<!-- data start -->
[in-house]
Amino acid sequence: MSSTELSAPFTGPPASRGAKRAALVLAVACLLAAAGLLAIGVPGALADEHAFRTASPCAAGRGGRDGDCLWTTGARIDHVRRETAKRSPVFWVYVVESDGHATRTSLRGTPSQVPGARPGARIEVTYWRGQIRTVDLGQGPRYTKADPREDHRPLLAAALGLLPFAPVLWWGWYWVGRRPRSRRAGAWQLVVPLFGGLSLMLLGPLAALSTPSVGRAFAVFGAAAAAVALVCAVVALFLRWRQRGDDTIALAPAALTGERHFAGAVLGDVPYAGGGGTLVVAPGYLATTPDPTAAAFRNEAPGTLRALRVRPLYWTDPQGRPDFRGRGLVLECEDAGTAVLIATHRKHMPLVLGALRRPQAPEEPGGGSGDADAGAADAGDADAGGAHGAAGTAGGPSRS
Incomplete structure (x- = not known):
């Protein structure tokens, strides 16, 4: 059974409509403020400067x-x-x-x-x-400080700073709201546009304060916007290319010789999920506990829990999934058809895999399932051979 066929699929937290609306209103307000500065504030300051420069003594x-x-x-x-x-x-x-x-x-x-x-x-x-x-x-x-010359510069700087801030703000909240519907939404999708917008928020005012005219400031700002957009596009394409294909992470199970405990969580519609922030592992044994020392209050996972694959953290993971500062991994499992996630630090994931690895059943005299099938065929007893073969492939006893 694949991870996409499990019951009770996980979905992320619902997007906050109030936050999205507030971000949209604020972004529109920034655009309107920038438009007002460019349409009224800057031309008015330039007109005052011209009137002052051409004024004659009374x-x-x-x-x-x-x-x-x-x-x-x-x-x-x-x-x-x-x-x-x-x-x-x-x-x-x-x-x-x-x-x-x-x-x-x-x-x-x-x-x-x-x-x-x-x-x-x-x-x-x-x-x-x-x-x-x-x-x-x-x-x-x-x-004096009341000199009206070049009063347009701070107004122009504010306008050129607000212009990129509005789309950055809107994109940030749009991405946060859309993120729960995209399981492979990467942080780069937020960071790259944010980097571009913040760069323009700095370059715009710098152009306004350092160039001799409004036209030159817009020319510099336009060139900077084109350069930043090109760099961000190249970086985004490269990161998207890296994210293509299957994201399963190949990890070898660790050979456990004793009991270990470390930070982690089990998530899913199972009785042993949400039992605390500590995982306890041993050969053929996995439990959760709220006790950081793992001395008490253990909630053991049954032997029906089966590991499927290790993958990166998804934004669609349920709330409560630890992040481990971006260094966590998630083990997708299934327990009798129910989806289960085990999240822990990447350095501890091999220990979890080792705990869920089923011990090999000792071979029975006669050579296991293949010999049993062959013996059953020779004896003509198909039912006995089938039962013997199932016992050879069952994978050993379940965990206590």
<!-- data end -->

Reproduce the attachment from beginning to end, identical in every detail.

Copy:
[in-house]
Amino acid sequence: MSSTELSAPFTGPPASRGAKRAALVLAVACLLAAAGLLAIGVPGALADEHAFRTASPCAAGRGGRDGDCLWTTGARIDHVRRETAKRSPVFWVYVVESDGHATRTSLRGTPSQVPGARPGARIEVTYWRGQIRTVDLGQGPRYTKADPREDHRPLLAAALGLLPFAPVLWWGWYWVGRRPRSRRAGAWQLVVPLFGGLSLMLLGPLAALSTPSVGRAFAVFGAAAAAVALVCAVVALFLRWRQRGDDTIALAPAALTGERHFAGAVLGDVPYAGGGGTLVVAPGYLATTPDPTAAAFRNEAPGTLRALRVRPLYWTDPQGRPDFRGRGLVLECEDAGTAVLIATHRKHMPLVLGALRRPQAPEEPGGGSGDADAGAADAGDADAGGAHGAAGTAGGPSRS
Incomplete structure (x- = not known):
């Protein structure tokens, strides 16, 4: 059974409509403020400067x-x-x-x-x-400080700073709201546009304060916007290319010789999920506990829990999934058809895999399932051979 066929699929937290609306209103307000500065504030300051420069003594x-x-x-x-x-x-x-x-x-x-x-x-x-x-x-x-010359510069700087801030703000909240519907939404999708917008928020005012005219400031700002957009596009394409294909992470199970405990969580519609922030592992044994020392209050996972694959953290993971500062991994499992996630630090994931690895059943005299099938065929007893073969492939006893 694949991870996409499990019951009770996980979905992320619902997007906050109030936050999205507030971000949209604020972004529109920034655009309107920038438009007002460019349409009224800057031309008015330039007109005052011209009137002052051409004024004659009374x-x-x-x-x-x-x-x-x-x-x-x-x-x-x-x-x-x-x-x-x-x-x-x-x-x-x-x-x-x-x-x-x-x-x-x-x-x-x-x-x-x-x-x-x-x-x-x-x-x-x-x-x-x-x-x-x-x-x-x-x-x-x-x-004096009341000199009206070049009063347009701070107004122009504010306008050129607000212009990129509005789309950055809107994109940030749009991405946060859309993120729960995209399981492979990467942080780069937020960071790259944010980097571009913040760069323009700095370059715009710098152009306004350092160039001799409004036209030159817009020319510099336009060139900077084109350069930043090109760099961000190249970086985004490269990161998207890296994210293509299957994201399963190949990890070898660790050979456990004793009991270990470390930070982690089990998530899913199972009785042993949400039992605390500590995982306890041993050969053929996995439990959760709220006790950081793992001395008490253990909630053991049954032997029906089966590991499927290790993958990166998804934004669609349920709330409560630890992040481990971006260094966590998630083990997708299934327990009798129910989806289960085990999240822990990447350095501890091999220990979890080792705990869920089923011990090999000792071979029975006669050579296991293949010999049993062959013996059953020779004896003509198909039912006995089938039962013997199932016992050879069952994978050993379940965990206590």